• Honors & Awards – Were you recognized for any achievements? These are the types of things students tend to forget over time. Did you earn a Microsoft certification as part of your computer class? Were you recognized as the most improved freshman tennis player? Did you place 5th in the district debate tournament? Did your math teacher recognize you as a top student? Big or small, list them all!
  • Work – Not all work is paid, so be sure to list internships here as well. Keep track of your dates of employment and hours worked.
  • Summer / Other—This is my catch-all category for other things you’ve done that may not fall within one of the areas above. Did you complete an online course that won’t be listed on your transcript? Have you listed your summer camps / experiences? Did you train for and complete a triathlon? Teach yourself to cook? Rebuild that old car? Colleges don’t want to know about your Netflix marathon, but if you have committed significant time to a hobby, you can list it here.

If you take a little time now to document everything you have done this year, you will have more accurate records and won’t have to scramble to remember items when you start working on your college applications.

3. Identify 2-3 Goals for the Spring Semester

While the successes and pains of this semester are fresh in your mind, take stock of what worked and what needs improvement. Maybe you finally settled on a routine that makes you more productive. Maybe you need to change your calendar system or work to get more sleep.

Here are the areas you might consider

  1. Study skills—when, how, and how much you study
  2. Organization—desk, car, backpack, digital files
  3. Time management—time on task, use of a calendar, doing the hard work first
  4. Personal wellness—getting enough sleep or exercise, drinking more water

You might have many goals to make next semester better, but I want you to limit yourself to two or three top priorities. Once you have those changes incorporated into your routine, you can add a new habit. Don’t make the mistake of trying to do too many new things at once.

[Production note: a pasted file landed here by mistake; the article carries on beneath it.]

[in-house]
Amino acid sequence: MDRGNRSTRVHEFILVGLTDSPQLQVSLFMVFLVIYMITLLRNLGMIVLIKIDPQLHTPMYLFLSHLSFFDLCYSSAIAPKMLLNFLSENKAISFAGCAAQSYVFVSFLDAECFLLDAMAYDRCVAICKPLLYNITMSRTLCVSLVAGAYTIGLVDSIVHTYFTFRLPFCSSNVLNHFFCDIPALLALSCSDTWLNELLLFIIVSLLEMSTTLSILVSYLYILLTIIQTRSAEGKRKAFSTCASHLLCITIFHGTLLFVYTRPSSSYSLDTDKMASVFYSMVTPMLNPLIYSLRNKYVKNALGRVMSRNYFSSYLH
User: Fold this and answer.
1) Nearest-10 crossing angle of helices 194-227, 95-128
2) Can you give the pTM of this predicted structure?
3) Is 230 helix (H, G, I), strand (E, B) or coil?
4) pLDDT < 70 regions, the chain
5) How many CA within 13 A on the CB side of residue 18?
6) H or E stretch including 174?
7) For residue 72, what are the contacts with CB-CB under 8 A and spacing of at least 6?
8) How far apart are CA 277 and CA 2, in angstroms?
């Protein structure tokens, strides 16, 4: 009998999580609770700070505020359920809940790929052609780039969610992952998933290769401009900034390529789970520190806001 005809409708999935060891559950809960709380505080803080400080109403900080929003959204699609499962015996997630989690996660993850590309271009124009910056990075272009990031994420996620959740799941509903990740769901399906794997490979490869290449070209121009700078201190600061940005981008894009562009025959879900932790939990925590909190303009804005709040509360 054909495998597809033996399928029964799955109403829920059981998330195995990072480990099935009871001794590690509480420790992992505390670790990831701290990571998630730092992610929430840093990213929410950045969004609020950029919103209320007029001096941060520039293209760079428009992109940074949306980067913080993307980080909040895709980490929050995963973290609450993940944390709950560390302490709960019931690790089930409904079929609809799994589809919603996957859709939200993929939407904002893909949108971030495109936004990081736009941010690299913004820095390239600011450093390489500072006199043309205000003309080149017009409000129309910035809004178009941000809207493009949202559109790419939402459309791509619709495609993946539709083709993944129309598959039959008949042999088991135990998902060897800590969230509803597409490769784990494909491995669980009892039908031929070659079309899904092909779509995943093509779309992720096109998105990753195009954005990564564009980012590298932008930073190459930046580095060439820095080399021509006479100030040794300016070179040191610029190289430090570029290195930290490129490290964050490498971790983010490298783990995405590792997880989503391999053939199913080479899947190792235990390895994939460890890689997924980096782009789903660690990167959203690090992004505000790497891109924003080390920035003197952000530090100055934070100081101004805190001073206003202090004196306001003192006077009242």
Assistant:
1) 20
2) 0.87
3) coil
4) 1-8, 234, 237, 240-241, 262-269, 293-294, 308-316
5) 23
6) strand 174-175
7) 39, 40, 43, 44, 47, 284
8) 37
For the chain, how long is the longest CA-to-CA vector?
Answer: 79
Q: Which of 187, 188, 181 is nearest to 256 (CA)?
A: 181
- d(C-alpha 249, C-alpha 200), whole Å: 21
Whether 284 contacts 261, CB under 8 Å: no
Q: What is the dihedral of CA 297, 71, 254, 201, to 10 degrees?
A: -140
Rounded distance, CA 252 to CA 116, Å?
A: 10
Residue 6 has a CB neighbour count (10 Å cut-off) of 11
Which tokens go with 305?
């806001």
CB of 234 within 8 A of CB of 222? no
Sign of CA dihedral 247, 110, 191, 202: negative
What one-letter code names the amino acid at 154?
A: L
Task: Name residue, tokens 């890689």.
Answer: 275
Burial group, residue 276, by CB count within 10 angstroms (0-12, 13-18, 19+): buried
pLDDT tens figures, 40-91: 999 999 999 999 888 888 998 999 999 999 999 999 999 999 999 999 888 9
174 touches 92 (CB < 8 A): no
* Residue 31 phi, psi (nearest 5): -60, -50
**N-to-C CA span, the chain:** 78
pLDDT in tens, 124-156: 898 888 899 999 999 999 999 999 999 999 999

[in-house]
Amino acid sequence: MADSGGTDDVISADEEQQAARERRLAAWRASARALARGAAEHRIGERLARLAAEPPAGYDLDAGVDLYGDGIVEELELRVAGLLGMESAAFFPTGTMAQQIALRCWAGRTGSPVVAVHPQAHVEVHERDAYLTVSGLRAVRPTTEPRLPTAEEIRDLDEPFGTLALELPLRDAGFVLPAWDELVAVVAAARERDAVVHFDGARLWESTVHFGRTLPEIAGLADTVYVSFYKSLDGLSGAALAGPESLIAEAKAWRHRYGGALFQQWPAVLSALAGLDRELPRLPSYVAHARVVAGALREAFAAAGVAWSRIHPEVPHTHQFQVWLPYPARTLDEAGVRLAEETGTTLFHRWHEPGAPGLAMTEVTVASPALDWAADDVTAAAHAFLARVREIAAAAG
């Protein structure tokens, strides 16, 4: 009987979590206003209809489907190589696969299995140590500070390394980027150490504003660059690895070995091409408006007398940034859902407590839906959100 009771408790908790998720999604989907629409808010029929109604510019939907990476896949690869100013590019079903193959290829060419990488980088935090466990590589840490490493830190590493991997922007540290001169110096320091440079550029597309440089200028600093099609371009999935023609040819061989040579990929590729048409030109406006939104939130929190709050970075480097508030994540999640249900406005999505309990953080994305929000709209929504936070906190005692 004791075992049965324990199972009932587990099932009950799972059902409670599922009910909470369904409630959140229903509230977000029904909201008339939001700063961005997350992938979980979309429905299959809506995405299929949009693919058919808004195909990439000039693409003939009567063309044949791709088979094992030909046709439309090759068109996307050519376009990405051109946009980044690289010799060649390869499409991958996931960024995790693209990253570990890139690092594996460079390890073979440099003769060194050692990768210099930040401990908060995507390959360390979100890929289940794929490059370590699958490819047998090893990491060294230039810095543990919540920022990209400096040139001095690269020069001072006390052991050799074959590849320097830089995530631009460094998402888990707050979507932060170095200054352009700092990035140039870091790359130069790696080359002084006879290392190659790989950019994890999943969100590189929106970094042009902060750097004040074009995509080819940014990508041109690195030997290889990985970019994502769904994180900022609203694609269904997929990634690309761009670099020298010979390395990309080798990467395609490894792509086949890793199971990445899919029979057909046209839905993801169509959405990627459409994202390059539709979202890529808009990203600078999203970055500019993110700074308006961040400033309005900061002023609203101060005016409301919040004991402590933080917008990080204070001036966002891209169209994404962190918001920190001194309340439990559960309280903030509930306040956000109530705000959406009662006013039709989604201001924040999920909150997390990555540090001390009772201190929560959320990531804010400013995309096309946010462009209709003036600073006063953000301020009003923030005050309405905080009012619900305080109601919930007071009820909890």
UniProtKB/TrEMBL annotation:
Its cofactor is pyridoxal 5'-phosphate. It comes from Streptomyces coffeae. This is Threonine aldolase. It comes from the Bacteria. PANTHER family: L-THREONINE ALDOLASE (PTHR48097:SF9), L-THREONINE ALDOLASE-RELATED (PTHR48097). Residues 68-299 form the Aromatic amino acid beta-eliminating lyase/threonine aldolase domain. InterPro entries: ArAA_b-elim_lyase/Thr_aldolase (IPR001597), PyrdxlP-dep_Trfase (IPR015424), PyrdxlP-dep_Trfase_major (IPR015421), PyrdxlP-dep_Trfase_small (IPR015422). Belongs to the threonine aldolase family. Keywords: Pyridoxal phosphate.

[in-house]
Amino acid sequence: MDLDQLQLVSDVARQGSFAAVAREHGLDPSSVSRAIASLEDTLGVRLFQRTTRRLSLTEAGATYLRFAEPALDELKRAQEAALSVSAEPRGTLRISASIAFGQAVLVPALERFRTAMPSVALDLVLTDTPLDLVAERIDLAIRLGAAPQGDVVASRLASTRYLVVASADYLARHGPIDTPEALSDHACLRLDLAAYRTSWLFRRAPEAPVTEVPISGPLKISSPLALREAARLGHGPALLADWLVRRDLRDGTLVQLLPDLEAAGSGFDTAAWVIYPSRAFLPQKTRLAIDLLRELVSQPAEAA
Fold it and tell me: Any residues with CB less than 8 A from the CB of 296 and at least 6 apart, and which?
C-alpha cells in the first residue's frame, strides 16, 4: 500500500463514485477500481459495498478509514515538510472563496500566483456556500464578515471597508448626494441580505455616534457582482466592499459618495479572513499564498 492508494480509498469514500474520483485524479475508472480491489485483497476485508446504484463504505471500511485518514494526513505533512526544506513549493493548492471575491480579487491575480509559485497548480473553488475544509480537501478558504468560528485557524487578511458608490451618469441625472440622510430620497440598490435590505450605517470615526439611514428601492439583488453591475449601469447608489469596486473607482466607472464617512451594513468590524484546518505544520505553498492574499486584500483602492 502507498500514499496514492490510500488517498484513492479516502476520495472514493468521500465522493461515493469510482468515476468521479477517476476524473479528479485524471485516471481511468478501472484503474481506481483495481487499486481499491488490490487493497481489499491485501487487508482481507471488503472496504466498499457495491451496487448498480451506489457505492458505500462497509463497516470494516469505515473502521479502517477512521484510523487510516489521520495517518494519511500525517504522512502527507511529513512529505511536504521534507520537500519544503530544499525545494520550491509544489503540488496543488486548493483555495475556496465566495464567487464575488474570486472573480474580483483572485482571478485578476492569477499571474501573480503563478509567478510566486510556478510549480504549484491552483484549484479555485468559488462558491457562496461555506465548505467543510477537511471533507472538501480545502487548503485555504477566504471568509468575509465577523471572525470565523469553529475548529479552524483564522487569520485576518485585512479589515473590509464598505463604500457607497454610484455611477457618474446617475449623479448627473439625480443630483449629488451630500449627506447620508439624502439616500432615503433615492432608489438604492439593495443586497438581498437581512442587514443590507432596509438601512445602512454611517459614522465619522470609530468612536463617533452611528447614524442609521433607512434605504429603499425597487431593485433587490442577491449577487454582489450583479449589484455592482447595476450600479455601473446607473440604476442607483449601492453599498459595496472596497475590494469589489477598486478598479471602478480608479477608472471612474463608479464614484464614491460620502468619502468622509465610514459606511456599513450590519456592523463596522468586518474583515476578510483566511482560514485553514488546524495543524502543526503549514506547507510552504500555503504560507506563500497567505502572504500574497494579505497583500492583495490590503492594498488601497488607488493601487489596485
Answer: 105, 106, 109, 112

4. Clean Up After Fall Semester

Set aside a little time to organize and clean up. File papers you want to keep and recycle the ones you no longer need. (Don’t do this until you have confirmed grades in step one!) Many students will continue in the same classes in the spring; you may want to hold onto unit reviews, tests, and papers.

Take some time to do a digital cleanup. Put documents into folders on your computer. Save important items (desktop to the cloud or cloud to your hard drive). If you haven’t learned to create unique document names that clearly identify each file, go in and rename the mystery items. (Eight Word documents all saved as “English” probably won’t help you find the one you need to reference next spring.)

This is a good time to replenish school supplies—more pens, new notebooks, a fresh pile of index cards.

Depending on your natural level of neatness (don’t ask to see my desk!) and the number of “zones” you need to clean, you may want to plan to work on one area per day. Here are the clean-up zones for my family:

  • Backpack
  • Desk
  • Car
  • Computer / digital files
  • Supply shelf
  • Bedroom

Conclusion

We’ve had a long and trying semester and we are all looking forward to this break. But before school resumes in January, take time to work through each step on this checklist. Doing so will make your life easier in the long run.

I want to take a moment and wish each of you the very best this holiday season. It has been a challenging year. I’m looking forward to a better year in 2021 and wish you a happy and safe holiday season!